Saranac Lake animal shelter nets $500K grant for needed upgrades

Daisy, the dog, gobbles up cookies fed to her by Caitlin Will, right, while Joyce Barber holds the leash at the Tri-Lakes Humane Society on Friday. Daisy was reported abandoned in Paul Smiths around a year ago when a fisherman called the shelter and said he was feeding her donuts until they could wrangle her. (Enterprise photo — Aaron Marbone)

SARANAC LAKE — The Tri-Lakes Humane Society has been awarded a $500,000 state grant to make “vital” upgrades to the animal shelter, allowing it to stay open by meeting compliance with a new law that will take effect next year, and giving its animals a better home as they wait for adoption.

Shelter Director Victoria Tanner said they are “incredibly thankful” for the grant.

“Without this, we would not be able to meet the demands and we would not be able to be a functioning shelter,” she said.

“However, it’s important to recognize that our work is ongoing, and we rely on the continued support of our community to fulfill our mission,” Tanner added in a statement. “This work would not be possible without the unwavering support of the local community.”

Tanner said the Companion Animal Standards Care Act carries a lot of new requirements many shelters will need to upgrade to meet before it takes effect in December 2025.

Tom Selleck, the dog, peers out over the grass at the Tri-Lakes Humane Society on Friday. His owner died recently and he and his siblings are looking for a new home. (Enterprise photo — Aaron Marbone)

Shelter Manager Lena Bombard said the main change will be a 30-foot-long addition on the back of the building, a former restaurant. The extra space is needed because there are new requirements in the law on the spacing of kennels and where dangerous, sick or stray dogs should be quarantined.

This expansion will also allow them to increase their numbers, Tanner said, adding that there is “absolutely” a need for more animal housing in the region.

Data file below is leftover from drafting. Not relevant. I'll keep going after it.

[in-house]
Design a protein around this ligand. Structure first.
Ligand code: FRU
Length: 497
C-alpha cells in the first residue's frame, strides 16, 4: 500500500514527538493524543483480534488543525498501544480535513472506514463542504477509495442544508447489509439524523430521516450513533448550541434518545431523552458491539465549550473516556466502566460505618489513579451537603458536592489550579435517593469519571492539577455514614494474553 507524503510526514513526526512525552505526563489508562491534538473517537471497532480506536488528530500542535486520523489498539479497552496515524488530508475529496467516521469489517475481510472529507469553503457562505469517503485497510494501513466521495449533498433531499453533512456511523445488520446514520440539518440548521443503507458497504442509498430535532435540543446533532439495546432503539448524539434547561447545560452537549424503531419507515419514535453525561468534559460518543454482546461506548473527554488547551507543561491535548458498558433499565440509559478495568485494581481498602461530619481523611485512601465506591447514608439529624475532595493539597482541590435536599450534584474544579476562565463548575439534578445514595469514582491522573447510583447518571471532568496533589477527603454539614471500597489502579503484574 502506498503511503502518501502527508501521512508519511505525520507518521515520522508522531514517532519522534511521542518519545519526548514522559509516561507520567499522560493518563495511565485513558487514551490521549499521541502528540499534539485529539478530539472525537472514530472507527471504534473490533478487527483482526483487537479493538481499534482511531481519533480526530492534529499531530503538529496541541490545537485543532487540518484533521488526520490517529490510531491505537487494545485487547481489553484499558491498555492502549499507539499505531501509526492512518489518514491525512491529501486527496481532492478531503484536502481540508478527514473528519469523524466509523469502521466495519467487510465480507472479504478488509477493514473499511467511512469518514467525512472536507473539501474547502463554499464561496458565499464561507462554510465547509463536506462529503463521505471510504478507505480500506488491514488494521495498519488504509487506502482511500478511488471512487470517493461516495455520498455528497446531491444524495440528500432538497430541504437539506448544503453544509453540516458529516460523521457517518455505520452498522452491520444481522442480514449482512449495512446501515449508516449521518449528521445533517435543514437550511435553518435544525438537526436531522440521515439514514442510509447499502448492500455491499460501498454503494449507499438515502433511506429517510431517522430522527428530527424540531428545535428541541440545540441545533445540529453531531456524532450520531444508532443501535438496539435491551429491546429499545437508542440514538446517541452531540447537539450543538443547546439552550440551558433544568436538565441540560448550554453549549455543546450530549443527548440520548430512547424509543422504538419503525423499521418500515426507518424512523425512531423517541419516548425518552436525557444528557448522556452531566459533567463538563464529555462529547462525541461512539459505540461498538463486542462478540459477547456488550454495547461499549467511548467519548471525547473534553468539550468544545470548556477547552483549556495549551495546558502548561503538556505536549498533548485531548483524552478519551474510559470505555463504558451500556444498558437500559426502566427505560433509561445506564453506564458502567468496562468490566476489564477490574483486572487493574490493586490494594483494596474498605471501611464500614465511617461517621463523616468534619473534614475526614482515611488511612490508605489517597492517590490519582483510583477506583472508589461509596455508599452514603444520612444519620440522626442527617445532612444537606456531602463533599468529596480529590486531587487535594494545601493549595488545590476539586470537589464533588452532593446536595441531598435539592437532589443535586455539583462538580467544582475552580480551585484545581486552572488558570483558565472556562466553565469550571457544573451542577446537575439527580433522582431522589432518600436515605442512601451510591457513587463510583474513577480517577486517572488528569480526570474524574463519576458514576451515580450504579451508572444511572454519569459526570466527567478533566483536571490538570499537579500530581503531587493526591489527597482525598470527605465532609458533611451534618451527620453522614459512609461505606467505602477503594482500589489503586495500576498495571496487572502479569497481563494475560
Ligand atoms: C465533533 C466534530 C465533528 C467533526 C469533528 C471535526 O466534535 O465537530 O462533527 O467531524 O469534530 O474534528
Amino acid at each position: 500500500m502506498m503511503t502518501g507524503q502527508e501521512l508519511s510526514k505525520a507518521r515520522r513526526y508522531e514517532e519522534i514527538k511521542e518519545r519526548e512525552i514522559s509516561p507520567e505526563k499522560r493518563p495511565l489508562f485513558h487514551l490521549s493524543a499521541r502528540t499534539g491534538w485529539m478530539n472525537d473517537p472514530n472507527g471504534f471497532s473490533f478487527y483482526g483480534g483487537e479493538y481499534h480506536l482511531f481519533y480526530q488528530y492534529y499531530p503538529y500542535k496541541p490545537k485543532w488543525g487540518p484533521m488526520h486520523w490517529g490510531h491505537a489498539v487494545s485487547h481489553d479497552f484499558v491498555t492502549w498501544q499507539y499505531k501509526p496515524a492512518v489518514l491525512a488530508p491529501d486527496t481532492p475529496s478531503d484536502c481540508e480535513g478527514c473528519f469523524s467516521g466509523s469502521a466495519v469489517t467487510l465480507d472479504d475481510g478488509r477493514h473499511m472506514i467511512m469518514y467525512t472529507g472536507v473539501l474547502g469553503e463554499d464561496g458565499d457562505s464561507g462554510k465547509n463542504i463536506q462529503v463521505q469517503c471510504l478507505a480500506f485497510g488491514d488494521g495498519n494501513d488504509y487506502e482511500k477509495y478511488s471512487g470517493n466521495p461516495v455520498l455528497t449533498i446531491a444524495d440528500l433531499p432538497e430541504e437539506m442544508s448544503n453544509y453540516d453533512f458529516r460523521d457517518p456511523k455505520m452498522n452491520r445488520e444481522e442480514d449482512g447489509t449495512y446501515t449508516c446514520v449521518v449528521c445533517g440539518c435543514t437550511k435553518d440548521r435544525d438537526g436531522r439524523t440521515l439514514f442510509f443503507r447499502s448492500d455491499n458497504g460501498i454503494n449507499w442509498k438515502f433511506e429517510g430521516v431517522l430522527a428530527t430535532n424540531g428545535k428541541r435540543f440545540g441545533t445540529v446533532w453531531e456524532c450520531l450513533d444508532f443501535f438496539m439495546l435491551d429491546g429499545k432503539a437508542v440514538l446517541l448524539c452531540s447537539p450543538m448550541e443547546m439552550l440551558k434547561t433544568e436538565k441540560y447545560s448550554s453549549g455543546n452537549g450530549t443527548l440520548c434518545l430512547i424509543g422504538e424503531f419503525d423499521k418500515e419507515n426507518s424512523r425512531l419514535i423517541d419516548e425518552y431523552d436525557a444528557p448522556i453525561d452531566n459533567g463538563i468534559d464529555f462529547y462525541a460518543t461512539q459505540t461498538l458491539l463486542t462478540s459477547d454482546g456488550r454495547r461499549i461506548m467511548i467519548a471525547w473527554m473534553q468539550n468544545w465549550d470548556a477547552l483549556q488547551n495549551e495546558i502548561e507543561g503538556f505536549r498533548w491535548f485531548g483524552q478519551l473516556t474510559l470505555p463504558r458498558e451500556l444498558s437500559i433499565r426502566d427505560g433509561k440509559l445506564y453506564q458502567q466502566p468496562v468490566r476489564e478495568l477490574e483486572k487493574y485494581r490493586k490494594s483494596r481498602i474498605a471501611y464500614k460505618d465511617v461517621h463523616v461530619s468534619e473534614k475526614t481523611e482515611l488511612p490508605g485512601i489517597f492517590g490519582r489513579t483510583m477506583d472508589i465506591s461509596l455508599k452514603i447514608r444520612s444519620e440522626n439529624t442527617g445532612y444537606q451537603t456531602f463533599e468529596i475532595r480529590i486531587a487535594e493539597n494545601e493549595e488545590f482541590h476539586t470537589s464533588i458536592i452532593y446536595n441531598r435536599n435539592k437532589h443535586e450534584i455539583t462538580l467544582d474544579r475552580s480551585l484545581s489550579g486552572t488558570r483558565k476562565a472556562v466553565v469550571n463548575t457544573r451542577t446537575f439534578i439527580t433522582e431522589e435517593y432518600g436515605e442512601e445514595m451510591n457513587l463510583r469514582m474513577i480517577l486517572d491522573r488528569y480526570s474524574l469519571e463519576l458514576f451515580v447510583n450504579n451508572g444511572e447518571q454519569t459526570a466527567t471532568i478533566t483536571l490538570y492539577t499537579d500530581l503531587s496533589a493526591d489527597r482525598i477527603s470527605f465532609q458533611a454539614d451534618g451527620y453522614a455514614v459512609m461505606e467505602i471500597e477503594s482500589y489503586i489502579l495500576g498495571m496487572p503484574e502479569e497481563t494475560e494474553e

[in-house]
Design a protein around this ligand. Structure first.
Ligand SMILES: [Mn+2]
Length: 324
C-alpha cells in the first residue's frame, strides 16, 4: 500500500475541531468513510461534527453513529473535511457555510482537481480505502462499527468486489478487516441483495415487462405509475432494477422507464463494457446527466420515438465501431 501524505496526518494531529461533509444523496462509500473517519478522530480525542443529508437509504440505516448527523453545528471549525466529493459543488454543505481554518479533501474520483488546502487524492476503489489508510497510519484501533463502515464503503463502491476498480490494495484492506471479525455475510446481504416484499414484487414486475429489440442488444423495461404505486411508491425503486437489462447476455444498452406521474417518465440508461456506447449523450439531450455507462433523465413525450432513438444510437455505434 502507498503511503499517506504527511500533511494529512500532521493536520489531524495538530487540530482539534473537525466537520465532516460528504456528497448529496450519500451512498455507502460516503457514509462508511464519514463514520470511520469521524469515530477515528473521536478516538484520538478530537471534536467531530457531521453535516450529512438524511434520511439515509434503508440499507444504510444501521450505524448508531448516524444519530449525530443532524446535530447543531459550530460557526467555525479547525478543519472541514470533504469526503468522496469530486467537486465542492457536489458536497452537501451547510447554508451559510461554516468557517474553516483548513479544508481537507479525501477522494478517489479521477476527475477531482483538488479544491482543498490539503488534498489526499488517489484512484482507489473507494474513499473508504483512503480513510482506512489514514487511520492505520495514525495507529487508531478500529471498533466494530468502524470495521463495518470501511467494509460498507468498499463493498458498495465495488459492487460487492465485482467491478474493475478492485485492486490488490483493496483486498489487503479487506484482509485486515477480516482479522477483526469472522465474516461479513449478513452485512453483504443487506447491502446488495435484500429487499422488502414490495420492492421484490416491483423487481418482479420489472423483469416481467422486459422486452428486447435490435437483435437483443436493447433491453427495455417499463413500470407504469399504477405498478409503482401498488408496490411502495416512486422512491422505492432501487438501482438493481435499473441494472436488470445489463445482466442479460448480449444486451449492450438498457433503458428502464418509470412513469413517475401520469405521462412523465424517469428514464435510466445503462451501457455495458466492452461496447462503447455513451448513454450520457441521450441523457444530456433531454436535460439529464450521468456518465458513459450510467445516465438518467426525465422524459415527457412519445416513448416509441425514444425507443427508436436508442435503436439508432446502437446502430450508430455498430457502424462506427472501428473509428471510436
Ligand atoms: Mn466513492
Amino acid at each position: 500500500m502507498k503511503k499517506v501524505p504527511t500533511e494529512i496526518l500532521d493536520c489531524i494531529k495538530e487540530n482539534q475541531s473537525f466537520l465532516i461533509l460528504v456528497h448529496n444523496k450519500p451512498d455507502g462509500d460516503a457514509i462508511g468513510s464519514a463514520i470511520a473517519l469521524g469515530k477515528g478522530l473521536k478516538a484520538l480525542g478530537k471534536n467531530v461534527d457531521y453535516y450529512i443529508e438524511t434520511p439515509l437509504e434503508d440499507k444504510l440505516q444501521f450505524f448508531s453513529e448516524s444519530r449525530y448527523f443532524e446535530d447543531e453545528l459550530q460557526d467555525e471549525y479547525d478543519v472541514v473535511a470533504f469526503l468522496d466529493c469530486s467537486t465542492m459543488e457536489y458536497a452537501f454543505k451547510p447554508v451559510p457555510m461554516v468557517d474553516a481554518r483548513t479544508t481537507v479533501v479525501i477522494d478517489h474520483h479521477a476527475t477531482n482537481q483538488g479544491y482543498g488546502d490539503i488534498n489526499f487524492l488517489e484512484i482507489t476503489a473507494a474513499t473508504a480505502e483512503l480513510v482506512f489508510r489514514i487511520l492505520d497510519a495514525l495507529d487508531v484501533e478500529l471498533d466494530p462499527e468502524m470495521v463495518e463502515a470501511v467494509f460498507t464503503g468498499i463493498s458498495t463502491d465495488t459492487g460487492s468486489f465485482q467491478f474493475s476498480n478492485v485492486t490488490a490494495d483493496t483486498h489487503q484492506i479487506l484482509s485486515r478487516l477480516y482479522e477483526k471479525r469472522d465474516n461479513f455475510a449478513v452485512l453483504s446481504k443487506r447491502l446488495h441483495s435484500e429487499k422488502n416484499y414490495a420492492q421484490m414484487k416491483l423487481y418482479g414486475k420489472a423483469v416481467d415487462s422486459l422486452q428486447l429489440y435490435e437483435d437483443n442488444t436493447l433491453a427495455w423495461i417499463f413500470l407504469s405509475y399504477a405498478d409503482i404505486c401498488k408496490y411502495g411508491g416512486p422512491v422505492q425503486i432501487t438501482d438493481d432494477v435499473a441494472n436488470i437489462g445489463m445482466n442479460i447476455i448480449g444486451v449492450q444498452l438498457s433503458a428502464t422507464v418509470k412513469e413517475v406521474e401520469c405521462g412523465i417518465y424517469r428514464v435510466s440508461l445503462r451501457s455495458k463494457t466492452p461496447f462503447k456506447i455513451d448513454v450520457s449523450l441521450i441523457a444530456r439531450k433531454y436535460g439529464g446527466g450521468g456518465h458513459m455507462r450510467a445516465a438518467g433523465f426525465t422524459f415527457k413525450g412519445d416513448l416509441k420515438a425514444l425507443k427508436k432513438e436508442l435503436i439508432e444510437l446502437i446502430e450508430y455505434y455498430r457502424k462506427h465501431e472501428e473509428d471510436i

Other planned upgrades include new plumbing, sound dampening, flooring, gutters, air exchanges systems, siding and kennels. Bombard said they hope to start construction early next year.

Bombard said people are asking her “What are you doing for the cats?” They’re also renovating two of the cat rooms.

The shelter is matching 10% of the grant, putting in $50,000.

Jen Linley perches on a scratching post at the Tri-Lakes Humane Society on Friday. (Enterprise photo — Aaron Marbone)

“This will only help us with so much. There is still lots that needs to be changed for us meet the code,” Tanner said in a statement.

She said donations to the shelter can be made at trilakeshumanesociety.org.

The Tri-Lakes Humane Society does dog control for six towns in the area. It also contracts to take stray dogs from towns that have their own dog control officers across four counties. It is the only full-time adoption shelter in the area with a full-time staff. It also houses dogs that have bitten people in kennels other local places don’t have.

Bombard said they have around 300 animals come through their doors in a year.

“It’s gone down. When I was first hired (in 2010), we had over 600 animals a year,” Bombard said. “Spay/neuter has made a big difference.”

She said it has cut the local population of unplanned litters in half. The humane society has a financial aid voucher program for people to afford getting their animals fixed at veterinarians.

Still, they rescue abandoned pets around once a month.

Last month, Gov. Kathy Hochul announced the nearly $3.8 million in grants to 10 animal care organizations through the New York State Companion Animal Capital Fund, which is administered by the state Department of Agriculture and Markets.


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